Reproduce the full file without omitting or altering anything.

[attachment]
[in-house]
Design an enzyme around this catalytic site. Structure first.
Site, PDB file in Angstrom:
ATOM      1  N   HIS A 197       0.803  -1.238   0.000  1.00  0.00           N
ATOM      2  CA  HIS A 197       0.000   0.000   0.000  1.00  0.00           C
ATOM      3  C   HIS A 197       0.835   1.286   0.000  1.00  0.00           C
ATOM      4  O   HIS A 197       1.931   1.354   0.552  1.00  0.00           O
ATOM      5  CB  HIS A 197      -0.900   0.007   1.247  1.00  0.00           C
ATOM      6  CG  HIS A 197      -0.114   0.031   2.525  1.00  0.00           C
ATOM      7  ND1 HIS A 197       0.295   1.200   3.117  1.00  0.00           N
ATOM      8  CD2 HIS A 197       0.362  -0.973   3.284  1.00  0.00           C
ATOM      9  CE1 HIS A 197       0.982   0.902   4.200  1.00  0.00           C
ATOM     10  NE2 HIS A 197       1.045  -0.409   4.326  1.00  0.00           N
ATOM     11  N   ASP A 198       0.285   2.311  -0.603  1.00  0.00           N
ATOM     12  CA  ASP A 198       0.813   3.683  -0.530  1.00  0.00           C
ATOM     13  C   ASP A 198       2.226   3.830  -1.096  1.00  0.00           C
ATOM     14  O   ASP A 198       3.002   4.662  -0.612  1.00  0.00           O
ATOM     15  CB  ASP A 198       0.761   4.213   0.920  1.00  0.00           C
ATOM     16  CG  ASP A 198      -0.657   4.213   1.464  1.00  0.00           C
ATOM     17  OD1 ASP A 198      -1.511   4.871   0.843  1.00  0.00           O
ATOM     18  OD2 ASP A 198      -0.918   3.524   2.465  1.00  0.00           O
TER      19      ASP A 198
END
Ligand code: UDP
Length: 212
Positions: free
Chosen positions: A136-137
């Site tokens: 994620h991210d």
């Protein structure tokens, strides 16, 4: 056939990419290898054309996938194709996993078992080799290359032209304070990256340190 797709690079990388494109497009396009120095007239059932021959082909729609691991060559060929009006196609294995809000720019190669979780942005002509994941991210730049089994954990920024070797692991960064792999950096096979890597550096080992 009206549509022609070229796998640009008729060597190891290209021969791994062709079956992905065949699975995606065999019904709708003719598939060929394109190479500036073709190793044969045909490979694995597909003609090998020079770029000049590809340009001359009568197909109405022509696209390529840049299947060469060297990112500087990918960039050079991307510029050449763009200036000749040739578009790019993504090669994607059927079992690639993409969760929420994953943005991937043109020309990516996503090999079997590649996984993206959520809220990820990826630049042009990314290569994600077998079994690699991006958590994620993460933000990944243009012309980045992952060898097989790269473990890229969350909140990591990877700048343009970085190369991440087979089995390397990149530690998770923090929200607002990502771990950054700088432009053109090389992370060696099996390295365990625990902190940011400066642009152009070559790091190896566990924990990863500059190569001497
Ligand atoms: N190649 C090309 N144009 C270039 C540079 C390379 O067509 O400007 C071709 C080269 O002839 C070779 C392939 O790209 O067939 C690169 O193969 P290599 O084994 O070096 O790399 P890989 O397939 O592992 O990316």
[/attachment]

[in-house]
Design an enzyme around this catalytic site. Structure first.
Site, PDB file in Angstrom:
ATOM      1  N   HIS A 197       0.803  -1.238   0.000  1.00  0.00           N
ATOM      2  CA  HIS A 197       0.000   0.000   0.000  1.00  0.00           C
ATOM      3  C   HIS A 197       0.835   1.286   0.000  1.00  0.00           C
ATOM      4  O   HIS A 197       1.931   1.354   0.552  1.00  0.00           O
ATOM      5  CB  HIS A 197      -0.900   0.007   1.247  1.00  0.00           C
ATOM      6  CG  HIS A 197      -0.114   0.031   2.525  1.00  0.00           C
ATOM      7  ND1 HIS A 197       0.295   1.200   3.117  1.00  0.00           N
ATOM      8  CD2 HIS A 197       0.362  -0.973   3.284  1.00  0.00           C
ATOM      9  CE1 HIS A 197       0.982   0.902   4.200  1.00  0.00           C
ATOM     10  NE2 HIS A 197       1.045  -0.409   4.326  1.00  0.00           N
ATOM     11  N   ASP A 198       0.285   2.311  -0.603  1.00  0.00           N
ATOM     12  CA  ASP A 198       0.813   3.683  -0.530  1.00  0.00           C
ATOM     13  C   ASP A 198       2.226   3.830  -1.096  1.00  0.00           C
ATOM     14  O   ASP A 198       3.002   4.662  -0.612  1.00  0.00           O
ATOM     15  CB  ASP A 198       0.761   4.213   0.920  1.00  0.00           C
ATOM     16  CG  ASP A 198      -0.657   4.213   1.464  1.00  0.00           C
ATOM     17  OD1 ASP A 198      -1.511   4.871   0.843  1.00  0.00           O
ATOM     18  OD2 ASP A 198      -0.918   3.524   2.465  1.00  0.00           O
TER      19      ASP A 198
END
Ligand code: UDP
Length: 212
Positions: free
Chosen positions: A136-137
């Site tokens: 994620h991210d």
């Protein structure tokens, strides 16, 4: 056939990419290898054309996938194709996993078992080799290359032209304070990256340190 797709690079990388494109497009396009120095007239059932021959082909729609691991060559060929009006196609294995809000720019190669979780942005002509994941991210730049089994954990920024070797692991960064792999950096096979890597550096080992 009206549509022609070229796998640009008729060597190891290209021969791994062709079956992905065949699975995606065999019904709708003719598939060929394109190479500036073709190793044969045909490979694995597909003609090998020079770029000049590809340009001359009568197909109405022509696209390529840049299947060469060297990112500087990918960039050079991307510029050449763009200036000749040739578009790019993504090669994607059927079992690639993409969760929420994953943005991937043109020309990516996503090999079997590649996984993206959520809220990820990826630049042009990314290569994600077998079994690699991006958590994620993460933000990944243009012309980045992952060898097989790269473990890229969350909140990591990877700048343009970085190369991440087979089995390397990149530690998770923090929200607002990502771990950054700088432009053109090389992370060696099996390295365990625990902190940011400066642009152009070559790091190896566990924990990863500059190569001497
Ligand atoms: N190649 C090309 N144009 C270039 C540079 C390379 O067509 O400007 C071709 C080269 O002839 C070779 C392939 O790209 O067939 C690169 O193969 P290599 O084994 O070096 O790399 P890989 O397939 O592992 O990316």